What is Docker? A Brief Introduction

What is Docker

If you are a developer or techie then you must have heard a buzz word Docker and must be wondering what is docker? Docker is a new way of revolutionizing the software development and delivery process. All this noise is happening because more and more companies are adopting Docker at a remarkable rate.

The company behind the Docker has always described the Docker as a solution to fix the problem it works on my machine.

What is Docker?

According to Wikipedia:

Docker is a set of platform-as-a-service (PaaS) products that use OS-level virtualization to deliver software in packages called containers. Containers are isolated from one another and bundle their own software, libraries and configuration files; they can communicate with each other through well-defined channels. All containers are run by a single operating-system kernel and are thus more lightweight than virtual machines.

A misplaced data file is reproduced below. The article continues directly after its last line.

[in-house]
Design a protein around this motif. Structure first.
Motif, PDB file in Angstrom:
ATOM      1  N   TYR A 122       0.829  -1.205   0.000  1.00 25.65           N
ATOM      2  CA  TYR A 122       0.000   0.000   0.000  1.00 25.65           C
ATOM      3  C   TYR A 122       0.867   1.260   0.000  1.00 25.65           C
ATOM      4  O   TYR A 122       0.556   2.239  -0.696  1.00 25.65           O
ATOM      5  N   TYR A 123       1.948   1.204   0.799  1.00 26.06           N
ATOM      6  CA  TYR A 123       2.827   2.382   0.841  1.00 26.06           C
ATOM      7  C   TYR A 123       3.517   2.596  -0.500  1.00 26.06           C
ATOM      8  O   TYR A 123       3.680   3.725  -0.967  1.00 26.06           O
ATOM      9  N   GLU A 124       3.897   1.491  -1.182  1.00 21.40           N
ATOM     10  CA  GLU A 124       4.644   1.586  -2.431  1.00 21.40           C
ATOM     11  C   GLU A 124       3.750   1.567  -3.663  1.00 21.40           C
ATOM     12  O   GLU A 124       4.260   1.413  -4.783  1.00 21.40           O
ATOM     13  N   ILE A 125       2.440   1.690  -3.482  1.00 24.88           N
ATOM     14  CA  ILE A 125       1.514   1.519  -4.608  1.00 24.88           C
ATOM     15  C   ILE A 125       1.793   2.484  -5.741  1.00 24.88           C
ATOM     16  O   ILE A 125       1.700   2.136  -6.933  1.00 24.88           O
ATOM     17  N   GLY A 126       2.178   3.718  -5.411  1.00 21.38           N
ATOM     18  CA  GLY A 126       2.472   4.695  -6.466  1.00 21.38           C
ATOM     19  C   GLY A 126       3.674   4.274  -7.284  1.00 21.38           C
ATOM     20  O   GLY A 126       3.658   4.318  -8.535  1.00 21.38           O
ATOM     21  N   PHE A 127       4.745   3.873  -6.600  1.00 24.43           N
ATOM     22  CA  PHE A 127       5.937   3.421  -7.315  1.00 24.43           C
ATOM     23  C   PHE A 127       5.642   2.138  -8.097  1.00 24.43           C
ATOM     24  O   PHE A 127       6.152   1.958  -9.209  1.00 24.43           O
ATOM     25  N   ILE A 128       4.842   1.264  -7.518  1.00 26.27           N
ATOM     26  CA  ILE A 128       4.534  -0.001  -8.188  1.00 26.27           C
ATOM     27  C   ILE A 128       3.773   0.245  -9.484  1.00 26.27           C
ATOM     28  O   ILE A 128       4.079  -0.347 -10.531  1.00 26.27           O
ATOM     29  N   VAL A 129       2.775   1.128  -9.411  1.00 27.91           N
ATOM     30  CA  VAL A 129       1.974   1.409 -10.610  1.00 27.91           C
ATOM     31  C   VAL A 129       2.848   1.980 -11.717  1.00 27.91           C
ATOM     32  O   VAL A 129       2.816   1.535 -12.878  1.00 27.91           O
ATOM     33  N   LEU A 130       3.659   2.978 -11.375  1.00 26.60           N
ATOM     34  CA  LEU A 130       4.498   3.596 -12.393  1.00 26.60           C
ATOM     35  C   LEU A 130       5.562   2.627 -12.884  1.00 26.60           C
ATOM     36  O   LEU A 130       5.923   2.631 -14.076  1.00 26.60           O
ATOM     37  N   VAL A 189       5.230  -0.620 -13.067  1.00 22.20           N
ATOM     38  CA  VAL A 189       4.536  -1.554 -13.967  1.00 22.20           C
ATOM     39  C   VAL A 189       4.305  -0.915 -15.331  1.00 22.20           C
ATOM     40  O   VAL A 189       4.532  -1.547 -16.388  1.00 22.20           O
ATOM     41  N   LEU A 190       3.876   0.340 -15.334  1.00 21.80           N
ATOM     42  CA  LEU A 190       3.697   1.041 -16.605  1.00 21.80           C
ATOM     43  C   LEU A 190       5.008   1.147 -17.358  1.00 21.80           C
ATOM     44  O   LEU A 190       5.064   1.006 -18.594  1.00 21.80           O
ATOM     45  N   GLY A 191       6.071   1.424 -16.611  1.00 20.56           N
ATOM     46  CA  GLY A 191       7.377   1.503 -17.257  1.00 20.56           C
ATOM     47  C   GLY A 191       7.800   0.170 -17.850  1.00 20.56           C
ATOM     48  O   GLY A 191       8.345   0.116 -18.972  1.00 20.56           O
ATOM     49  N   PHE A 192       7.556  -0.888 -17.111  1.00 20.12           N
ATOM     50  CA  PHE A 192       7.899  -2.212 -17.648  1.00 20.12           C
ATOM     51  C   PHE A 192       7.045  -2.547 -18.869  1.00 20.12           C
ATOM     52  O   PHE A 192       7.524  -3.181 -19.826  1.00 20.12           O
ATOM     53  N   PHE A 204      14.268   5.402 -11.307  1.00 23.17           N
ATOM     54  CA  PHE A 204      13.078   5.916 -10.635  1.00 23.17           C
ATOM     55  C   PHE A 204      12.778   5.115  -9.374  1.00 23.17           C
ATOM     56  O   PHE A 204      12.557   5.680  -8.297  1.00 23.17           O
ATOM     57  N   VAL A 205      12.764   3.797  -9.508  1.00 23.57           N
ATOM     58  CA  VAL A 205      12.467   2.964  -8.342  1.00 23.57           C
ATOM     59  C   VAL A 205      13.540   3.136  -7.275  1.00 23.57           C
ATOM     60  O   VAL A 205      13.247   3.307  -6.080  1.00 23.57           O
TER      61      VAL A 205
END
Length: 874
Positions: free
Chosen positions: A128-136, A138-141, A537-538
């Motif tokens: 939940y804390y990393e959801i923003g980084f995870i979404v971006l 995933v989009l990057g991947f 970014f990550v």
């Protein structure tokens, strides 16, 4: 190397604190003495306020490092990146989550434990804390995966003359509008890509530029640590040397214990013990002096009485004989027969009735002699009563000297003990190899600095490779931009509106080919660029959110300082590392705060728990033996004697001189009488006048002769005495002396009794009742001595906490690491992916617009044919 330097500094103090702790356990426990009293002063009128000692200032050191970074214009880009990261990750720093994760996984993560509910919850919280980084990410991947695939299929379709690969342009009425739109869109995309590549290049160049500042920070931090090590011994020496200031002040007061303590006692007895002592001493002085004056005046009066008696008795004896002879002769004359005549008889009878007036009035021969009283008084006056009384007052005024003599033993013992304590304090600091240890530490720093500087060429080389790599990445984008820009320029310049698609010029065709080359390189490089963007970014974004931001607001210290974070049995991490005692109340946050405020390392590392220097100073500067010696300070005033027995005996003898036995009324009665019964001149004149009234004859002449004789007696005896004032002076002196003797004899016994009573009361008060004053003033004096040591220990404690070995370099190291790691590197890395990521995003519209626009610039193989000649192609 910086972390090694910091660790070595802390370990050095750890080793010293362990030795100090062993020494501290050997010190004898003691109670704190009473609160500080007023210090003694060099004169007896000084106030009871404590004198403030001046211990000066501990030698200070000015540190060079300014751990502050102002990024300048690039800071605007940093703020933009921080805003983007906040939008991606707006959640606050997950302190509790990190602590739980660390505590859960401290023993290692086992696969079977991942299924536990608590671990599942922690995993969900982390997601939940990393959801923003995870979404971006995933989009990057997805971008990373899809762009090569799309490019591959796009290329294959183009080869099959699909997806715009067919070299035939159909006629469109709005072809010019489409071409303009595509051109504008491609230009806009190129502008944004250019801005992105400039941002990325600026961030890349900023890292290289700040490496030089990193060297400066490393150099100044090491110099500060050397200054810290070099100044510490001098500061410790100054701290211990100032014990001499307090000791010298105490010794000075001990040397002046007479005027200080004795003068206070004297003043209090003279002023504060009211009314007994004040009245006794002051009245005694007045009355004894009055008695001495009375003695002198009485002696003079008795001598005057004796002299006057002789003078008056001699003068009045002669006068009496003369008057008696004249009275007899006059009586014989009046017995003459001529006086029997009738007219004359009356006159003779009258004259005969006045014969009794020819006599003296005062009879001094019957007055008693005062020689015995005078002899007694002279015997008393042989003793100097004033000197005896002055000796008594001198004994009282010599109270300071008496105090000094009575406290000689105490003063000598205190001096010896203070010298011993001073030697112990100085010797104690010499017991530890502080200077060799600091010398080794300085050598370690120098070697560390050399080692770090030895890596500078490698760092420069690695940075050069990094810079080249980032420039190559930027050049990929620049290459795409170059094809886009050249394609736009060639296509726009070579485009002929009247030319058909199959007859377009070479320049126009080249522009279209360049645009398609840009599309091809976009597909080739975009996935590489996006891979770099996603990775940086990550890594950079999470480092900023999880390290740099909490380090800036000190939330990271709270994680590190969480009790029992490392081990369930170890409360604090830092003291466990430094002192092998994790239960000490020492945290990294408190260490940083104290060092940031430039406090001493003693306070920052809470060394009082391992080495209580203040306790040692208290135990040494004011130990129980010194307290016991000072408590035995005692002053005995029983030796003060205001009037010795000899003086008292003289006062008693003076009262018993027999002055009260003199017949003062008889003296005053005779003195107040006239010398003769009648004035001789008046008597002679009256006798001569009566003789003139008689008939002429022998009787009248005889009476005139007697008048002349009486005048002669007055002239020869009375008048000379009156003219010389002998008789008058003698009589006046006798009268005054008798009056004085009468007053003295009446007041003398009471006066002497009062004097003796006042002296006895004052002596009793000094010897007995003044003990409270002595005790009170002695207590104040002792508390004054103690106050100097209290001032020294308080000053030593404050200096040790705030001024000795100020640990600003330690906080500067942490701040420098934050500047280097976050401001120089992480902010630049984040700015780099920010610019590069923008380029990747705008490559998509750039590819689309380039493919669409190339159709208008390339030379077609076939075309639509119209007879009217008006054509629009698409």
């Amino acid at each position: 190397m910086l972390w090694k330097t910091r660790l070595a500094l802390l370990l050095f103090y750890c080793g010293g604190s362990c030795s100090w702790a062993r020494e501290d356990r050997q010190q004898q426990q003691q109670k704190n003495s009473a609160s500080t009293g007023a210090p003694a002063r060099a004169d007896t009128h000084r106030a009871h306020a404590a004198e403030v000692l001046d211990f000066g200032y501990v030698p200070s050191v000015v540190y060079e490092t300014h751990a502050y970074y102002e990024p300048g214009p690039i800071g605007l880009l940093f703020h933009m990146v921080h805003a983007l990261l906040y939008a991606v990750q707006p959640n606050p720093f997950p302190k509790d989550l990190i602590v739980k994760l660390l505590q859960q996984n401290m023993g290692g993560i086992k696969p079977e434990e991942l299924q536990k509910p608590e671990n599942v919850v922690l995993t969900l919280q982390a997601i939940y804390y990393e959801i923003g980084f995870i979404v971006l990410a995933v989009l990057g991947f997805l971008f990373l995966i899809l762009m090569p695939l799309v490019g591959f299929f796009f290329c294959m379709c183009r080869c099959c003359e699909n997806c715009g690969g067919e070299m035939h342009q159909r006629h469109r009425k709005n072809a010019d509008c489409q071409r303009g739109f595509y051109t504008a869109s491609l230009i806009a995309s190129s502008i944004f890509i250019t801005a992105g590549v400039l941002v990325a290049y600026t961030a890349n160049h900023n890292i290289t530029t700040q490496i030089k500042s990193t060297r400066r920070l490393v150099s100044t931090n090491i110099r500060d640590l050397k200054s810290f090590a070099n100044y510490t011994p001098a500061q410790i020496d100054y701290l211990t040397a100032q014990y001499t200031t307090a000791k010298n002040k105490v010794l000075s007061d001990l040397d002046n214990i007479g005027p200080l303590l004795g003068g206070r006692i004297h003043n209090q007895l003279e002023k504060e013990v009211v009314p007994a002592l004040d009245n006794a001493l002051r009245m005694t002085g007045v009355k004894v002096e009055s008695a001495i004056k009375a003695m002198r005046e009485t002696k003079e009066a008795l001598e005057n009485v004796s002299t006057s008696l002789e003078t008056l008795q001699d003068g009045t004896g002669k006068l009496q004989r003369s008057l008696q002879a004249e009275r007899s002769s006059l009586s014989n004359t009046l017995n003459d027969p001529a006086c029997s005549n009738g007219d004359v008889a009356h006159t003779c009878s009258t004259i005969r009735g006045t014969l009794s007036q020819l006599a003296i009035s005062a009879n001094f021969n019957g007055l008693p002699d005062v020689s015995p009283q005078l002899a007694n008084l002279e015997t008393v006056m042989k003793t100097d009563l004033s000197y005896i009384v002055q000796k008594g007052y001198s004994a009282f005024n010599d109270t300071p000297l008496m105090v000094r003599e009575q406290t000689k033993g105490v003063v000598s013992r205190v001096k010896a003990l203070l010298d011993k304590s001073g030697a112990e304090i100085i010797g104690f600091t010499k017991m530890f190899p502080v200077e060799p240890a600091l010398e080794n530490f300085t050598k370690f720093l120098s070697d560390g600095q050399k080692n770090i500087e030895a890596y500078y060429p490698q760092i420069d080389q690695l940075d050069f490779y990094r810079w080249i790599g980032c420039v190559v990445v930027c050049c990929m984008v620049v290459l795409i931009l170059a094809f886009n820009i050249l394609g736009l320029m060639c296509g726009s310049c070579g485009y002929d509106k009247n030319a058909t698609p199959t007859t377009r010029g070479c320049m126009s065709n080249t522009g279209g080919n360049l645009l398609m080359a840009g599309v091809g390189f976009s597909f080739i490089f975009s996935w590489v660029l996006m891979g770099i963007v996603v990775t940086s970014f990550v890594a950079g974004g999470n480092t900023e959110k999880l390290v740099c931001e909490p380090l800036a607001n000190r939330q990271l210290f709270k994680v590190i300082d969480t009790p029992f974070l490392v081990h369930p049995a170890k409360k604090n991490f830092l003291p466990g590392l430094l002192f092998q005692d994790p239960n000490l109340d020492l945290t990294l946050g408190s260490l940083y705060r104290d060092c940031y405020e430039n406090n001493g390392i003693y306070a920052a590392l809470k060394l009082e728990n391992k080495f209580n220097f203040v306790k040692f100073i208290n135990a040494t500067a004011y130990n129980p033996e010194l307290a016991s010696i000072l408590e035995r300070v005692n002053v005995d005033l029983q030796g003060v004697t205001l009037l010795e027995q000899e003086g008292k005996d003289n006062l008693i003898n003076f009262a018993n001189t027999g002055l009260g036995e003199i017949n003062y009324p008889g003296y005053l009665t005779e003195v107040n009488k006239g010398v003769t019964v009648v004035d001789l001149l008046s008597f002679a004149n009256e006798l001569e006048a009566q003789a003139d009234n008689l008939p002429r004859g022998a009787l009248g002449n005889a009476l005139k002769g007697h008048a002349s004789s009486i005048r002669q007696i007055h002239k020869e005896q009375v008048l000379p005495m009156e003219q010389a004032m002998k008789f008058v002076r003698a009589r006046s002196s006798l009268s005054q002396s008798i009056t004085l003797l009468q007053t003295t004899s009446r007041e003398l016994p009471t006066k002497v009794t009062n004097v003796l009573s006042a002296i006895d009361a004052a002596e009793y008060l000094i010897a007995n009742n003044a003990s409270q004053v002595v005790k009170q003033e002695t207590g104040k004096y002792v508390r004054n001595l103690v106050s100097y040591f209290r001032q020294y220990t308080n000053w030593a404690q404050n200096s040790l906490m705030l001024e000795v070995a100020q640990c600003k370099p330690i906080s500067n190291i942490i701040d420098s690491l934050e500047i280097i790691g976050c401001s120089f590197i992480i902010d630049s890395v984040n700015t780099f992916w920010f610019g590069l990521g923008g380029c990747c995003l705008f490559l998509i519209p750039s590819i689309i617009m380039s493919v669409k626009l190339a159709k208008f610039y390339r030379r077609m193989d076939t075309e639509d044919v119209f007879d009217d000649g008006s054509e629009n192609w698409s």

Let me put this in simple words for you. Docker is an open-source engine that automates the deployment of applications using containers.

Docker was introduced by Solomon Hykes, founder and CEO of the company then called dotCloud back in 2013.

Docker is a container management system that helps us manage Linux Containers in an easier fashion. Docker lets you create images in a virtual environment on your desktop computer or laptop and then you run the commands against them. The actions you perform to the containers running on your local environment will be the same commands or actions that you will run on these images when they are running in a production environment.

This helps you in that you don’t have to do things differently when you go form a development environment to a production environment.

Understand Docker using Problem Cases

Before we start exploring what docker is and how it can benefit you as a developer or a development company, let’s revise the original problems that developers and organizations were facing every day before adopting Docker.

Today in this so advanced world and with all power of Cloud Computing, it is still very easy for a developer ‘s working environment to not match the final production environment.

Developer’s Problem